Revisiting the Rabbit and Mule game, we have seen that it is important to consider the length of the game when implementing the scaling and growth rate of the rabbits. When should the Rabbit and Mule game end? I posit that it should end at a time such that an early game acquisition of Rabbits is more valuable than an early game acquisition of mules. If it doesn’t, then Mules are unilaterally better than Rabbits, and why include Rabbits in the game at all? (I’ll write about this often-discussed principle of parsimony in games in a later article). However, if the game ends too long after the value of Rabbits surpasses that of Mules, the game will be highly volatile and any variability in players’ acquisition of Rabbits will be heavily amplified.
Indeed, players who wish that games were just “one round longer,” so that they could watch their engines satisfyingly take off, should be careful what they wish for. In such a game, players would be robbed of the rare delight of achieving surprising and spectacular results because this would be the norm. Furthermore, at this point in the game, exponential assets begin to utterly dominate all other types of assets, thus players likely know who has won and continuing to play may be pointless.
For example, Race for the Galaxy is highly exponential but relatively short. If the game were extended by 25%, I hypothesize that far fewer games would end in suspense, and player concession would be much more frequent. In a two-player game, imagine a player who chooses the low-growth strategy of producing and consuming one good per turn for two points; this player will end up with about 18-25 points, whereas his opponent who plays the game properly by building a productive tableau might win with a score of about 30-40.
If the game were two rounds shorter, this growth-oriented player would likely lose, which would render most of the mechanisms of the game pointless. Thus Race for the Galaxy ends appropriately after the value of exponential assets surpasses that of linear-type assets, but before players’ average odds diverge to the point of futility.
Similarly, Dominion is moderately exponential but relatively short; Terraforming Mars is long but exhibits slower growth than these previous examples. Games which are long and highly exponential, like Power Grid or Agricola, will need other techniques to ensure player odds don’t diverge too quickly.
Finally, games can reduce the overwhelming value of exponential assets in exponential games by attaching a penalty to their acquisition. I write the penalty term in my exponential asset model as p(k,c,T) because this penalty may depend on the value of the asset itself, including its scaling, its growth rate, and the amount of time left in the game. I will focus on constant-type penalties (which do not depend on T) and linear-type penalties (which have a magnitude which depends linearly on T), as exponential penalties may best be modeled as the trading of one exponential asset for another.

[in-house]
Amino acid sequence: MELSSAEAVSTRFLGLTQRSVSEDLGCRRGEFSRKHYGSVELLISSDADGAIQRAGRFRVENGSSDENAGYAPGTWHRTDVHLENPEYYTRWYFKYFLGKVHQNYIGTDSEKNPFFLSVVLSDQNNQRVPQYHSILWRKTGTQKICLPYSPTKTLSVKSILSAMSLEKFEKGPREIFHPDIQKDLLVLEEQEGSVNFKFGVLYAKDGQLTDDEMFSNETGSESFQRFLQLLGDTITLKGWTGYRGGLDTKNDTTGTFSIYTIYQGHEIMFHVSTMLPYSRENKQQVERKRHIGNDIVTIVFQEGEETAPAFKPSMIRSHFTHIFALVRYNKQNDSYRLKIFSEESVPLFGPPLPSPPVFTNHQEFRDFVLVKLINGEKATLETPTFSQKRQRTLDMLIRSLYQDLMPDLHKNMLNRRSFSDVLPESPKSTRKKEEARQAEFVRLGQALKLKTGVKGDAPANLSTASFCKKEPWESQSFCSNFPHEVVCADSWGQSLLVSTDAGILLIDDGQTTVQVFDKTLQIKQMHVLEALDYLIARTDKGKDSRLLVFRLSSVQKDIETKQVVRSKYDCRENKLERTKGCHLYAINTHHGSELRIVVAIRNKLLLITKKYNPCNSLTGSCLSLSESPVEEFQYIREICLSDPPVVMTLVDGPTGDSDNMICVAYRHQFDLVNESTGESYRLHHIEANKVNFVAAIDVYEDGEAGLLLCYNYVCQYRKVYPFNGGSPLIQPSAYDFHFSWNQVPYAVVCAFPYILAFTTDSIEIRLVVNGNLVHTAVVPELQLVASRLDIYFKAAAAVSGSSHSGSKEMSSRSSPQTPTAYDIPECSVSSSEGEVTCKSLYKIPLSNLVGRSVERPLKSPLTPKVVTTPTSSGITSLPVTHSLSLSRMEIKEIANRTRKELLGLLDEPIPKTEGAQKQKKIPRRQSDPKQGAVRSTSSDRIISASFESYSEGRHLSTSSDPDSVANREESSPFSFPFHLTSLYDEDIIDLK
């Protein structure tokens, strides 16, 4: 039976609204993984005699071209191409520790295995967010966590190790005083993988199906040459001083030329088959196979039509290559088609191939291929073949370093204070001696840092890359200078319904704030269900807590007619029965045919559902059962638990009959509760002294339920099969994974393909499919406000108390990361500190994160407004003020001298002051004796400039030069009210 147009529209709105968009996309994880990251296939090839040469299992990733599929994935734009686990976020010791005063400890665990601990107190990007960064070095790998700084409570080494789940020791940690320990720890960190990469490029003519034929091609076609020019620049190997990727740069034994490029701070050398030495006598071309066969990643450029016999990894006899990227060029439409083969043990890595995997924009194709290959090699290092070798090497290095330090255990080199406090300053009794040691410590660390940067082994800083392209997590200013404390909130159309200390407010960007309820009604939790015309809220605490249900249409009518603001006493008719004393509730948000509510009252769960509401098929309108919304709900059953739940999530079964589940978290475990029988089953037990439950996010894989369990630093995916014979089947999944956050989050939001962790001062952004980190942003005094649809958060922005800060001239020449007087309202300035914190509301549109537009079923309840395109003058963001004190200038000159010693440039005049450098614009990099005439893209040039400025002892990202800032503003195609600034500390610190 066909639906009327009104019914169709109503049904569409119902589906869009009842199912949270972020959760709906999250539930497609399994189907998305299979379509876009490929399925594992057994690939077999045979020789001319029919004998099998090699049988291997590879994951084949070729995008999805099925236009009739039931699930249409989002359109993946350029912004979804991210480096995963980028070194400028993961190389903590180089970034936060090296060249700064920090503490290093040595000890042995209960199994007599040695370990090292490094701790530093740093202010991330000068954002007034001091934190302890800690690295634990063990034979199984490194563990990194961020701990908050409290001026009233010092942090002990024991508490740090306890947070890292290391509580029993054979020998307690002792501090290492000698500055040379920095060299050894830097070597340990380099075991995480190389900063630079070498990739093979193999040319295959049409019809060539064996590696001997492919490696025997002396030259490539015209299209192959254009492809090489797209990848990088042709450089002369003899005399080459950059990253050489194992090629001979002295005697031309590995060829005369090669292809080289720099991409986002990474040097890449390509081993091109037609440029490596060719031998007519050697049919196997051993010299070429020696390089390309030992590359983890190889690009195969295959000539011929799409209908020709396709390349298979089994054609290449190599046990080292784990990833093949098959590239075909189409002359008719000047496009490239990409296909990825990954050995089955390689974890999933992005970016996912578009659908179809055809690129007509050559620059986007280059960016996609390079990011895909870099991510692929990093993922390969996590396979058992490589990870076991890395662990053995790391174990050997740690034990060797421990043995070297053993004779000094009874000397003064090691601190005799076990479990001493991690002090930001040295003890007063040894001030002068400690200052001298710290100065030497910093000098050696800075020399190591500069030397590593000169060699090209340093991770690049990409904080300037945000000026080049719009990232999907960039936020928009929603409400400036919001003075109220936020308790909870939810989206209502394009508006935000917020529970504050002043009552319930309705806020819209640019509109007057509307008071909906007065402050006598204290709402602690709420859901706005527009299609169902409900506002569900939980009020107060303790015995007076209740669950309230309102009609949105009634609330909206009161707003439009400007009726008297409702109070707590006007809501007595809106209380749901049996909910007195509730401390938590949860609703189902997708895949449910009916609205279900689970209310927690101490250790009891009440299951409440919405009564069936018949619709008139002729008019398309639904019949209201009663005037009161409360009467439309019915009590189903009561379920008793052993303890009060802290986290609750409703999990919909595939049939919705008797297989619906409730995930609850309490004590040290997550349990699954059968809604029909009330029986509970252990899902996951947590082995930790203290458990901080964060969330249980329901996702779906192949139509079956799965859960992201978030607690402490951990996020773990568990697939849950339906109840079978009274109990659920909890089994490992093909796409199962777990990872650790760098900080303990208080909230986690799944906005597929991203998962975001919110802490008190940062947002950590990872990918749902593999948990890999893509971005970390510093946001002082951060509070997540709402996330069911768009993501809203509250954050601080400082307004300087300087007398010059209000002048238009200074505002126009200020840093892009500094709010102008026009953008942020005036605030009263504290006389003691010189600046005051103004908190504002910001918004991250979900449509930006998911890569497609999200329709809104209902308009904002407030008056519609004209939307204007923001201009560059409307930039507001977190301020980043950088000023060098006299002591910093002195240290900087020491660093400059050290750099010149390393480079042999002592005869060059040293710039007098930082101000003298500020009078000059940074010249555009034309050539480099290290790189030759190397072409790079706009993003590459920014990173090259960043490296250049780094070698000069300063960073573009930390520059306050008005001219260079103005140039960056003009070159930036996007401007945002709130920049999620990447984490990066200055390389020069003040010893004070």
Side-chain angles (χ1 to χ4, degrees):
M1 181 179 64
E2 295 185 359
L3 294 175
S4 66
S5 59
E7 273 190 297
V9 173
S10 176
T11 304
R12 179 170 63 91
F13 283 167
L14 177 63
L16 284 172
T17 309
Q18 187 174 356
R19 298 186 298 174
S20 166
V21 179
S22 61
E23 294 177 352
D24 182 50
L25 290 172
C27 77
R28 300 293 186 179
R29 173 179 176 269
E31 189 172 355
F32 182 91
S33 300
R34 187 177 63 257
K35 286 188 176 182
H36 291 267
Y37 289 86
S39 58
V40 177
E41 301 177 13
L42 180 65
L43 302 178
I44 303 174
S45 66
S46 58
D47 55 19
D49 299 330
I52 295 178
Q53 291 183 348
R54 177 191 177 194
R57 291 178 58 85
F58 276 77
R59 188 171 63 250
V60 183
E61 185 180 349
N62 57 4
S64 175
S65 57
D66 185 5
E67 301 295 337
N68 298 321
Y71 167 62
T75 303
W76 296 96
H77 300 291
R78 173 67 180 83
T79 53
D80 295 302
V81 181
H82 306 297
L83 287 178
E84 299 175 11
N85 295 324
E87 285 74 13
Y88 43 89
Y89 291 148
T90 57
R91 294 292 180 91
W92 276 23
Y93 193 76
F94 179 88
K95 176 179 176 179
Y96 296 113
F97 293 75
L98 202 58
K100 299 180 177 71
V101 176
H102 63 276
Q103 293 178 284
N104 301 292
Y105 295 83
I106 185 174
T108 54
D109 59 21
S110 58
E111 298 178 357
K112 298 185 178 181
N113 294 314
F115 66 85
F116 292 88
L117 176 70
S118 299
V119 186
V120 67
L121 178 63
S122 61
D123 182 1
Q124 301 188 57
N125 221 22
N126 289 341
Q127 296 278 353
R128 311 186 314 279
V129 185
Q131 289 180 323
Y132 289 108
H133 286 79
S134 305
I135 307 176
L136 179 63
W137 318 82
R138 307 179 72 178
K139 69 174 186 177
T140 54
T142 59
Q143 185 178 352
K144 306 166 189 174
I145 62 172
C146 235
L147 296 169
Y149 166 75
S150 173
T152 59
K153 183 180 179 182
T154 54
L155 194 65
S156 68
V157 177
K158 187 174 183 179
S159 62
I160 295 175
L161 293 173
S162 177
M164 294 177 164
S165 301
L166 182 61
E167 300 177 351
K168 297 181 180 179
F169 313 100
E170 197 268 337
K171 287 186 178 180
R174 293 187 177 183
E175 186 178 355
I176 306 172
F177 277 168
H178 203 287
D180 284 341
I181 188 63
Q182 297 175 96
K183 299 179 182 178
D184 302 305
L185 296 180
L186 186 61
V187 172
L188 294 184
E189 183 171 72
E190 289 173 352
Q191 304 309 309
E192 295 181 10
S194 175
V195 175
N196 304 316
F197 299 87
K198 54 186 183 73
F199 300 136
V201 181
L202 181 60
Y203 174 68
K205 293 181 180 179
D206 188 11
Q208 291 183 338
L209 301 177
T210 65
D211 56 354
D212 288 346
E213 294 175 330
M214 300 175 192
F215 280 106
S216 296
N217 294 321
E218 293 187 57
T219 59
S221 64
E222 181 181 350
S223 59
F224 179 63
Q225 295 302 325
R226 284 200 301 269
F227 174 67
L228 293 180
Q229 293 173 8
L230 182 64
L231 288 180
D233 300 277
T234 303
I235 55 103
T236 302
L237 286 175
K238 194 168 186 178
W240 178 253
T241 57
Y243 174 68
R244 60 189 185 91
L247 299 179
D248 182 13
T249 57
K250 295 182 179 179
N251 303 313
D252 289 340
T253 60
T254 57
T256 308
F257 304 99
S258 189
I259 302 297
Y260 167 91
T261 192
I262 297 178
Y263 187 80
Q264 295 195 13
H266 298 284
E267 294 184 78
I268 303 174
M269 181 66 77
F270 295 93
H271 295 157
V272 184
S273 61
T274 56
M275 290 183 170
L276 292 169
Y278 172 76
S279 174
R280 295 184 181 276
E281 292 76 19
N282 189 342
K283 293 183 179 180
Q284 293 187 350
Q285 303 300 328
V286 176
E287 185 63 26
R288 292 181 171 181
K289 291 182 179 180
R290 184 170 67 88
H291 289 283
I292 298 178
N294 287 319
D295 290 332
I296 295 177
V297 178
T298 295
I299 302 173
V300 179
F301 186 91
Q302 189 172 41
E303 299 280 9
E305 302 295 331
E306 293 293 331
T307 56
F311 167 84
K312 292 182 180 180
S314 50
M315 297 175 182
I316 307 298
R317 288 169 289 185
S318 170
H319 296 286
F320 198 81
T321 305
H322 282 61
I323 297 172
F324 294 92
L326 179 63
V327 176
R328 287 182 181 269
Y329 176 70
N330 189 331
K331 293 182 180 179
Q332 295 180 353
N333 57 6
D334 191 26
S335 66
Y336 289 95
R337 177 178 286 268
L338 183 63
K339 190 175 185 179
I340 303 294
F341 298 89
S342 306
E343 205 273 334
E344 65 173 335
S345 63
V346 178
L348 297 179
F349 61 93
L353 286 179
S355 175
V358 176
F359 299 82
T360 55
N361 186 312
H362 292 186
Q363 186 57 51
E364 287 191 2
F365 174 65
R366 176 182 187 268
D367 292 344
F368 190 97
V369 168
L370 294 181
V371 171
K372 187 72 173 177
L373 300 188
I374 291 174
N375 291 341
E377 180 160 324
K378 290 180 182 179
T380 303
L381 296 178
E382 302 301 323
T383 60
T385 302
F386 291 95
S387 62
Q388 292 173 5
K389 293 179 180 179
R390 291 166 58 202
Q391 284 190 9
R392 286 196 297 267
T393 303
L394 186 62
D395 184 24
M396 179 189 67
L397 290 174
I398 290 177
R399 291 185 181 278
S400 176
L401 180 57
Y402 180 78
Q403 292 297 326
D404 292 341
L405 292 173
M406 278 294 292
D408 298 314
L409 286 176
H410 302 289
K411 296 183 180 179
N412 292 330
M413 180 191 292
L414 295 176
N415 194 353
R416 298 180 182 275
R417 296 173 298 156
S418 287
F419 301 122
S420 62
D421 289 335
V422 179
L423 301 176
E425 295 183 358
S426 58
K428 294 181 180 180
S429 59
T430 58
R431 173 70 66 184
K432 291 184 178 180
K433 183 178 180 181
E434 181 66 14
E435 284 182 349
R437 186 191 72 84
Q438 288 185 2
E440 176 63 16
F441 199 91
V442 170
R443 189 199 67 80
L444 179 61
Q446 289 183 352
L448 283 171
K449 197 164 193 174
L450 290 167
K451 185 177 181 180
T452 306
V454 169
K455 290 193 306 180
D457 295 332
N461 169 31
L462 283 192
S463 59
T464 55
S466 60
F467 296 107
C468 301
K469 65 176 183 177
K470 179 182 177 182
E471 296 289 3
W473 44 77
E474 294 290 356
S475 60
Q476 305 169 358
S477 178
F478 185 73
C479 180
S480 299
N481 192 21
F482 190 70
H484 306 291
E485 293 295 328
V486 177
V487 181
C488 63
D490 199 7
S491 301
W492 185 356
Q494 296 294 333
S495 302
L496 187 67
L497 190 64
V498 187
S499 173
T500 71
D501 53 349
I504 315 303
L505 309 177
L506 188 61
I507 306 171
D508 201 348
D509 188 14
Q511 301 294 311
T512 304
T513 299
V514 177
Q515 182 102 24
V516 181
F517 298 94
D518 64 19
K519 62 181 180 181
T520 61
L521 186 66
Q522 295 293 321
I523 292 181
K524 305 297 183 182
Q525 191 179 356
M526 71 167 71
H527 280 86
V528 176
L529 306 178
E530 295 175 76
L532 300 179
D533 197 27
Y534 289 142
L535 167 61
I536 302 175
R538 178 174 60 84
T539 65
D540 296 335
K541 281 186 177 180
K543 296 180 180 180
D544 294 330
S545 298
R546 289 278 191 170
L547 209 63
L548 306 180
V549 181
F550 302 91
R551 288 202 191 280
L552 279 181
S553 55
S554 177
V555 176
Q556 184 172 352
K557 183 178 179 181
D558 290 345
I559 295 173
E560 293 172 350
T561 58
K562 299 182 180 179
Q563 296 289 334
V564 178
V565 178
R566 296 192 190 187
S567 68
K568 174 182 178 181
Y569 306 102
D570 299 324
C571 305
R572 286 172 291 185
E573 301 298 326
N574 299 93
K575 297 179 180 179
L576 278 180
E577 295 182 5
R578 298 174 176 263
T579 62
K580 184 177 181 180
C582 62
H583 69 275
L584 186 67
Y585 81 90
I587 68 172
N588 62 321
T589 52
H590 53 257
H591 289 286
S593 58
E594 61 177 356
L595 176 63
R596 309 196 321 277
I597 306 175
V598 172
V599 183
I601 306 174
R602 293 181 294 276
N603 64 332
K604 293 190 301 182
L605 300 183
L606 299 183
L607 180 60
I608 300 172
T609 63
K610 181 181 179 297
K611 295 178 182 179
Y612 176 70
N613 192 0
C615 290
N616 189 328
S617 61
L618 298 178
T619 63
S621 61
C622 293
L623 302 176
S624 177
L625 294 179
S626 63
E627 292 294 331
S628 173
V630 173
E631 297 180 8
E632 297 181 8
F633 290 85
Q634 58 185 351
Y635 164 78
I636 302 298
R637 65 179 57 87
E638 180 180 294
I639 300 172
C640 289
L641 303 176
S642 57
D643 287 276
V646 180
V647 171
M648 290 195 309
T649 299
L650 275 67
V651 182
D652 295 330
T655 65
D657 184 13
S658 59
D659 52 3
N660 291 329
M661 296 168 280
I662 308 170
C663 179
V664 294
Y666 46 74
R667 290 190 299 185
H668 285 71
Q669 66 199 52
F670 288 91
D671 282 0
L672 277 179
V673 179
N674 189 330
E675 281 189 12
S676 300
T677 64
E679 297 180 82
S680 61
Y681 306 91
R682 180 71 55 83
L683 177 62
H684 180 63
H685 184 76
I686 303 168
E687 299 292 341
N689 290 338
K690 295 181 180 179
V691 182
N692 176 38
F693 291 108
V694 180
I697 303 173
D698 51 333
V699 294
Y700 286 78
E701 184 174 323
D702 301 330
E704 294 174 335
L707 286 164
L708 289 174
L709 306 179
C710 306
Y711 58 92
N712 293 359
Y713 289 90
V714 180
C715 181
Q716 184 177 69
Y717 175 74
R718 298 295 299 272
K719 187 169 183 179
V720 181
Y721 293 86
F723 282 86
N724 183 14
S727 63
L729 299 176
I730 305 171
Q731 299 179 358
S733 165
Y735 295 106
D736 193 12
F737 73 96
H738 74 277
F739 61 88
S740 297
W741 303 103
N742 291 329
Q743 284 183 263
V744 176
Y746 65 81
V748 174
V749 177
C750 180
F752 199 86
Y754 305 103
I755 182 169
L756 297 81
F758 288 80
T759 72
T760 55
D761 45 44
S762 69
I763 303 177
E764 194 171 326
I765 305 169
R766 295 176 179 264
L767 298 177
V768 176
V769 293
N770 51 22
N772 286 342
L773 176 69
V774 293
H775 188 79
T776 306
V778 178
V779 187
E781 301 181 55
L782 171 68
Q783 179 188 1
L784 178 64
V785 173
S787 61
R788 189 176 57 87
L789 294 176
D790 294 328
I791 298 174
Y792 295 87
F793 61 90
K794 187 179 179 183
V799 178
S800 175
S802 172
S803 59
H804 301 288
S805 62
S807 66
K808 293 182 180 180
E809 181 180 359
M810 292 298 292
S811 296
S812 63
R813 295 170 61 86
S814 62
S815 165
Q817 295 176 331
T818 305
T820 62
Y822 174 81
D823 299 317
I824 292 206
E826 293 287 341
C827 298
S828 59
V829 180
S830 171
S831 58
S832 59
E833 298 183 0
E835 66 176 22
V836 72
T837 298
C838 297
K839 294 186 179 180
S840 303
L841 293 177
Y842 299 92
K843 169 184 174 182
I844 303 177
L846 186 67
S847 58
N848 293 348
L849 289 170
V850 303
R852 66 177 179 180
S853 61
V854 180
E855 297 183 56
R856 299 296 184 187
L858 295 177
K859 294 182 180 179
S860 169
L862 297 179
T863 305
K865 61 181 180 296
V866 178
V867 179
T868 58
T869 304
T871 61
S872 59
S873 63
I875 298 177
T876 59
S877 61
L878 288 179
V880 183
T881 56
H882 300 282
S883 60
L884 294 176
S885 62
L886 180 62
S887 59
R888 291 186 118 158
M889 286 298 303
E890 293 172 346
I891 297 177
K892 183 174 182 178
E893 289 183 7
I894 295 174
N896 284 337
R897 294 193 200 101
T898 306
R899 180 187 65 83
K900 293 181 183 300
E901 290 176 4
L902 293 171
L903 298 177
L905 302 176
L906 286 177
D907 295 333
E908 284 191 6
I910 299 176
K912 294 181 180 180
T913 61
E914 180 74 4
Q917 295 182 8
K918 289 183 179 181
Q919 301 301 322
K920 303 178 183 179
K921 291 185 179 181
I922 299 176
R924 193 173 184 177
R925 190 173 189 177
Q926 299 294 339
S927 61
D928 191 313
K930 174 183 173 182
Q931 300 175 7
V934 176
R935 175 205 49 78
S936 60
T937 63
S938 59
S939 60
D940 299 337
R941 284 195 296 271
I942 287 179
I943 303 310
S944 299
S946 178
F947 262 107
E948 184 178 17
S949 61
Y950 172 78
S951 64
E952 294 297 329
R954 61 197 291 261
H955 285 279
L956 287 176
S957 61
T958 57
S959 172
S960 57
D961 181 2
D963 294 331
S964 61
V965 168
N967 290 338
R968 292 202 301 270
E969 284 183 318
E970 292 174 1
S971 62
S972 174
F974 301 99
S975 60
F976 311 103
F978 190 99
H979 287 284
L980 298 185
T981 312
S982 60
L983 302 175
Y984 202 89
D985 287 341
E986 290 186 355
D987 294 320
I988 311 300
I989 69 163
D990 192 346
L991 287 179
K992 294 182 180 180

We might further modify the game of Rabbit and Mule so that players incur a penalty for acquiring Rabbits. For instance, we could dictate that whenever a player gains a Rabbit, he loses 5 points; this would constitute a constant-type penalty it does not depend on the time remaining in the game. Or, we could penalize players who gain rabbits in a linear way; for instance we could implement a rule which says that whenever a player takes a move to gain a new rabbit, he incurs a penalty of 1 point per round for the rest of the game. In either case, we could somewhat increase some combination of k, c, and T, (the scaling of the rabbits, the growth rate of the rabbit, and the time remaining in the game), but retain the competitive values of mules and rabbits.
For a real but similarly agricultural example, consider Agricola, in which players who grow their family must pay two food in each harvest for the rest of the round.
Food in Agricola can technically be used as currency, but I would argue that it should largely be considered a constant-valued asset, as its primary purpose is to avoid constant-valued negative-point begging cards. Therefore feeding acts as a linear penalty against player growth. Feeding in Tzolk’in and other games with “feed your workers” mechanisms functions similarly.
Constant-type penalization is common in games with mixed assets like Race for the Galaxy. Cards are at generally worth points commensurate with their cost in discards. However, assets which have a high exponential (or linear) value will often be tempered by a reduction in constant value.
This concludes the discussion of the first of five solutions to the problem of diverging odds in engine building games. In Part 3 I discuss the remaining four more general solutions to diverging odds, and conclude the article.